Sen. Mike Lee: A conservative case for criminal justice reform

Read Scott Horton's new book Fool's Errand: Time to End the War in Afghanistan

“Government’s first duty,” President Reagan said in 1981 and President Trump recently tweeted, “is to protect the people, not run their lives.” The safety of law-abiding citizens has always been a core principle of conservatism. And it is why we need to take this opportunity to pass real criminal-justice reform now.

Although violent crime rose during the final two years of President Obama’s time in office, it decreased during the first year of Trump’s presidency. We need to keep that momentum going. And criminal justice reform can help us do that in two ways.

First, commonsense sentencing reform can increase trust in the criminal-justice system, thus making it easier for law enforcement personnel to police communities. Right now, federal mandatory-minimum sentences for many drug offenses can lead to outcomes that strike many people as unfair, and thus undermine the public’s faith in our justice system.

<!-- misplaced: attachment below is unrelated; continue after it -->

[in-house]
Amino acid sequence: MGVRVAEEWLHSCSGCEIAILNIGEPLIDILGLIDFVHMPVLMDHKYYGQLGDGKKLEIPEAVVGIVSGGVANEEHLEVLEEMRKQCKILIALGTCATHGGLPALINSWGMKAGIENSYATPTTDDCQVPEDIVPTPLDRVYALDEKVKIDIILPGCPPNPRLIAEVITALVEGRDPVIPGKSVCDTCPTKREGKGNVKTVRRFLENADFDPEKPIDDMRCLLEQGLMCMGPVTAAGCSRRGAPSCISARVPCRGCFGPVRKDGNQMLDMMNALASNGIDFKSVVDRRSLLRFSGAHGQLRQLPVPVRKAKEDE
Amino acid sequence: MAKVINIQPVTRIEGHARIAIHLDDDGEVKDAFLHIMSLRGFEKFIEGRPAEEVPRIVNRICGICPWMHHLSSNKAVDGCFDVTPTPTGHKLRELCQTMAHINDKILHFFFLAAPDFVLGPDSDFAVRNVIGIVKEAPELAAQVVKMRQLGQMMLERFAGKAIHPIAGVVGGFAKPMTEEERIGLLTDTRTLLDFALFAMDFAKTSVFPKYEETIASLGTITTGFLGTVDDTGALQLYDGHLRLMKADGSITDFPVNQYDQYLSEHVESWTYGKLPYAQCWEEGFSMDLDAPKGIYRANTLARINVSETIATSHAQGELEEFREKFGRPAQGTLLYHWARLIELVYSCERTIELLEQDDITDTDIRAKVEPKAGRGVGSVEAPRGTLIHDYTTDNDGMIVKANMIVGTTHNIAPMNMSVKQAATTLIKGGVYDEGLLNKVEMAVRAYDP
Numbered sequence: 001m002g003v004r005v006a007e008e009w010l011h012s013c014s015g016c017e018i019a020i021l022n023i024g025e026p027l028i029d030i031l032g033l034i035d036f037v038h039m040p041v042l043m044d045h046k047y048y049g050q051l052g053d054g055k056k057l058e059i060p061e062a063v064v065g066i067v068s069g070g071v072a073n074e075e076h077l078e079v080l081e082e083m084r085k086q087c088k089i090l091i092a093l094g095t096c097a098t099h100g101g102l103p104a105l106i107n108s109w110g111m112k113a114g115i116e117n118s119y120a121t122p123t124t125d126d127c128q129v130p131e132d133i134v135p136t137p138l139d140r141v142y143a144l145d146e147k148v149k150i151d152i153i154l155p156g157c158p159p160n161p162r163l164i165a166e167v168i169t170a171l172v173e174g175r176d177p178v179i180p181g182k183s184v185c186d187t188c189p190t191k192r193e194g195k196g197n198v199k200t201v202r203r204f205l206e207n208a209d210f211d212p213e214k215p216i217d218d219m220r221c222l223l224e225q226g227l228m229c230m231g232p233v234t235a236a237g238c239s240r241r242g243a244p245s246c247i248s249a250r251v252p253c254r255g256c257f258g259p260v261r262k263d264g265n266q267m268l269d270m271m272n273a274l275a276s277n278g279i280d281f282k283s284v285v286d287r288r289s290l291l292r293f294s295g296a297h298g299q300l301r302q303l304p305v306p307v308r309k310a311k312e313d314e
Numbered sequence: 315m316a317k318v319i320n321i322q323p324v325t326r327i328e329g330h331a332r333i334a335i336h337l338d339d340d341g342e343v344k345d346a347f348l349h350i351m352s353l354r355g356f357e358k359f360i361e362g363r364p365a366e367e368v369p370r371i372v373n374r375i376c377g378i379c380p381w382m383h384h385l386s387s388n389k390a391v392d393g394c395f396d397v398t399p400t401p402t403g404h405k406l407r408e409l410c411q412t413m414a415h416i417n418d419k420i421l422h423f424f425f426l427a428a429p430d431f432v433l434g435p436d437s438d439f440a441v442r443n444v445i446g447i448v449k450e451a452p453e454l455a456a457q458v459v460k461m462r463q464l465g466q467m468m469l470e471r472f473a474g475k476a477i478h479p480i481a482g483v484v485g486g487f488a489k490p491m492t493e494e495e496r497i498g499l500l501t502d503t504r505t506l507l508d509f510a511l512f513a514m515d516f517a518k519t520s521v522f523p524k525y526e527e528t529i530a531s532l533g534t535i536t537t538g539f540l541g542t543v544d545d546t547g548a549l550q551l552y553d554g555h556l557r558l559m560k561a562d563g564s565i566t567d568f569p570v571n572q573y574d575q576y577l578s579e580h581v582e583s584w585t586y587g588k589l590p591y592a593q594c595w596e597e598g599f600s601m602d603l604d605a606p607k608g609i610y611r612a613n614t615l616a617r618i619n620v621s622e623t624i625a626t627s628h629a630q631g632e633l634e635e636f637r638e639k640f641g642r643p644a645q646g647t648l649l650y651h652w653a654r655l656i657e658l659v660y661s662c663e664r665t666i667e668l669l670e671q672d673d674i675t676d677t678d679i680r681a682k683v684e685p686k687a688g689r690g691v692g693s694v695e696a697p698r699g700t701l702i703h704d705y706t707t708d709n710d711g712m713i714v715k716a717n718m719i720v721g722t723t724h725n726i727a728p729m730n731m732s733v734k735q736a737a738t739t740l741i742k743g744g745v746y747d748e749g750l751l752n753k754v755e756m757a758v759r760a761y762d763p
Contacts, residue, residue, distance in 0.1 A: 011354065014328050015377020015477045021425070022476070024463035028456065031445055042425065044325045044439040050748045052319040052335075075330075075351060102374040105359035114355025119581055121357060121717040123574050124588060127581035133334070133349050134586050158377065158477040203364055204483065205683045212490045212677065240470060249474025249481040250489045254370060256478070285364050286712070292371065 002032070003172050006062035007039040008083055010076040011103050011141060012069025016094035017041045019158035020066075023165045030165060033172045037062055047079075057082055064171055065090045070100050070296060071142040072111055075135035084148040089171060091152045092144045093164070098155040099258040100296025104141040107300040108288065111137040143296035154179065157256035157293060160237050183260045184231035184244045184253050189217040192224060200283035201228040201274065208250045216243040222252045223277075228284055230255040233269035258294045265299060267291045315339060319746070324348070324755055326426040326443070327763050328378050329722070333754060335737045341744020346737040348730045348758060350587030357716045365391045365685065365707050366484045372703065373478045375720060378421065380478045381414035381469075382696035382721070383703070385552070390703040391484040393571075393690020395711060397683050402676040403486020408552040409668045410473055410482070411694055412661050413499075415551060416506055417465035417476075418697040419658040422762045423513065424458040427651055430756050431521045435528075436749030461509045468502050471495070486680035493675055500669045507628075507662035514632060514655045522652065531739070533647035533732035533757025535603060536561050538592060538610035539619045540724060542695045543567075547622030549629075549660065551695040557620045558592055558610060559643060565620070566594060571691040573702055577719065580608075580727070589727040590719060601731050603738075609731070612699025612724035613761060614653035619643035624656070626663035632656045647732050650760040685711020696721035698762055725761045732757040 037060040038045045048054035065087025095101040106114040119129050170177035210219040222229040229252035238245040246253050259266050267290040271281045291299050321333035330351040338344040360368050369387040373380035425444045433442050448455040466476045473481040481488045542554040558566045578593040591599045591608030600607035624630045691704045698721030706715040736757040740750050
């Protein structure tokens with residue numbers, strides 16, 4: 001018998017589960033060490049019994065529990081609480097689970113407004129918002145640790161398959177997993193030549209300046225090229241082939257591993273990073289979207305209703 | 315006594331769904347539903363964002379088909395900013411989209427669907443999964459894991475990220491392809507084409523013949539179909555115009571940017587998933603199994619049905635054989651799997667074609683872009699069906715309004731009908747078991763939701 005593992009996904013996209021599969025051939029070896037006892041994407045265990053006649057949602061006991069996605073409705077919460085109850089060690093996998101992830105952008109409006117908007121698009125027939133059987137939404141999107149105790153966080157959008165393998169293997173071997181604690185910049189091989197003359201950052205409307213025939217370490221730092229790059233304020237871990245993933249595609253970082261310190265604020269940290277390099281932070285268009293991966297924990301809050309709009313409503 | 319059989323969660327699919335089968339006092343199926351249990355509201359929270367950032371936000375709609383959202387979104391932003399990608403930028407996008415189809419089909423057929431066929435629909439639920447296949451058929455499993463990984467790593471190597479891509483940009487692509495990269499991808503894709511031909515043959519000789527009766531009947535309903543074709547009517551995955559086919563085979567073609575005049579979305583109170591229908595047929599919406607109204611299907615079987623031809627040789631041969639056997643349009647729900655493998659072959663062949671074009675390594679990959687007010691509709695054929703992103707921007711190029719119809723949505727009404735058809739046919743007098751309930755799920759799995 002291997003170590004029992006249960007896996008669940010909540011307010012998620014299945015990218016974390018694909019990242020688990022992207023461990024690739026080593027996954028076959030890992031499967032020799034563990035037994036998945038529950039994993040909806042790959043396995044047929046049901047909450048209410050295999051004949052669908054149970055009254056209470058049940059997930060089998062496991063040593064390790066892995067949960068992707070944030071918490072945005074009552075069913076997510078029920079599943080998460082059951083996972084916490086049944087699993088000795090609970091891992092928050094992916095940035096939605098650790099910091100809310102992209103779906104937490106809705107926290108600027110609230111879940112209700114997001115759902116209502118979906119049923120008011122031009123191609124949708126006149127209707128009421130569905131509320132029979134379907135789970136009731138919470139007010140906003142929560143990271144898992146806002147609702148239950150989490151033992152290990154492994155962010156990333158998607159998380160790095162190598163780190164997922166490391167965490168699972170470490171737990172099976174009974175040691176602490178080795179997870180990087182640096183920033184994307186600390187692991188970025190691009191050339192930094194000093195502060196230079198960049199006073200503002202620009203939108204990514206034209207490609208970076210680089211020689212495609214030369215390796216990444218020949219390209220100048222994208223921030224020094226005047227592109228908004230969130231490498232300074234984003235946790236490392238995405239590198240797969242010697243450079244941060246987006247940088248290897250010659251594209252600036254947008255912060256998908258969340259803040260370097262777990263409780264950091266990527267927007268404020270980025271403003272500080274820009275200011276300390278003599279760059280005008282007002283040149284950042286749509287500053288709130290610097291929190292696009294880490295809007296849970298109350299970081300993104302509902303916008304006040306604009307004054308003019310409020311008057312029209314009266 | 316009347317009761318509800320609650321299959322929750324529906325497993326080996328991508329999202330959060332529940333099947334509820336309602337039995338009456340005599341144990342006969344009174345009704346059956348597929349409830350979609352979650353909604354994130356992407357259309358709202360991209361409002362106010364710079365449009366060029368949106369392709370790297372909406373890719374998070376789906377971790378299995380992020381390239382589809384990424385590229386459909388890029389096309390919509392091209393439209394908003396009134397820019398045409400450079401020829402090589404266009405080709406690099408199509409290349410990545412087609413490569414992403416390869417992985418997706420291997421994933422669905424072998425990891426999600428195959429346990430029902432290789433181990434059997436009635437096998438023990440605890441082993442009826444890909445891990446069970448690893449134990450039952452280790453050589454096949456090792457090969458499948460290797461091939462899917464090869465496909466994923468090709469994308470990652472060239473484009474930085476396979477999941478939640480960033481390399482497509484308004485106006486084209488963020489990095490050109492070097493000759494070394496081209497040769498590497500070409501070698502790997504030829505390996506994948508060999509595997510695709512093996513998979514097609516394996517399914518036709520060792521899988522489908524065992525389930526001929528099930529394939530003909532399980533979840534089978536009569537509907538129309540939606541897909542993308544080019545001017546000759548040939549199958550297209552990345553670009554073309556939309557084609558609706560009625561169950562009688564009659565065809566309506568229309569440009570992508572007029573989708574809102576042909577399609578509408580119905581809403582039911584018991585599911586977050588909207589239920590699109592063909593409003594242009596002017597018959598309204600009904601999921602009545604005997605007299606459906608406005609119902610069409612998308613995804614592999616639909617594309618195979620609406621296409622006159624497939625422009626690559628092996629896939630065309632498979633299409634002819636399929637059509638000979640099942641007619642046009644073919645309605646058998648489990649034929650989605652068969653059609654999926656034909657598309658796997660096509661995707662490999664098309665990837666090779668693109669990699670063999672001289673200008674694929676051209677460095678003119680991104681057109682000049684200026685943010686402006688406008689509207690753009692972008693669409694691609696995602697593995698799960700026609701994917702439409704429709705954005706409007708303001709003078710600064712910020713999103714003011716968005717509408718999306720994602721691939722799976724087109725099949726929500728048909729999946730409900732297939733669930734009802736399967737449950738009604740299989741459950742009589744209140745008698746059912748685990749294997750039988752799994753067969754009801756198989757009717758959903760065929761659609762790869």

For example, when I served as an Assistant United States Attorney in Salt Lake City, Weldon Angelos — a young father of two with no criminal record — was convicted of selling three dime bags of marijuana to a paid informant over a short period of time.

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Read Scott Horton's new book Fool's Errand: Time to End the War in Afghanistan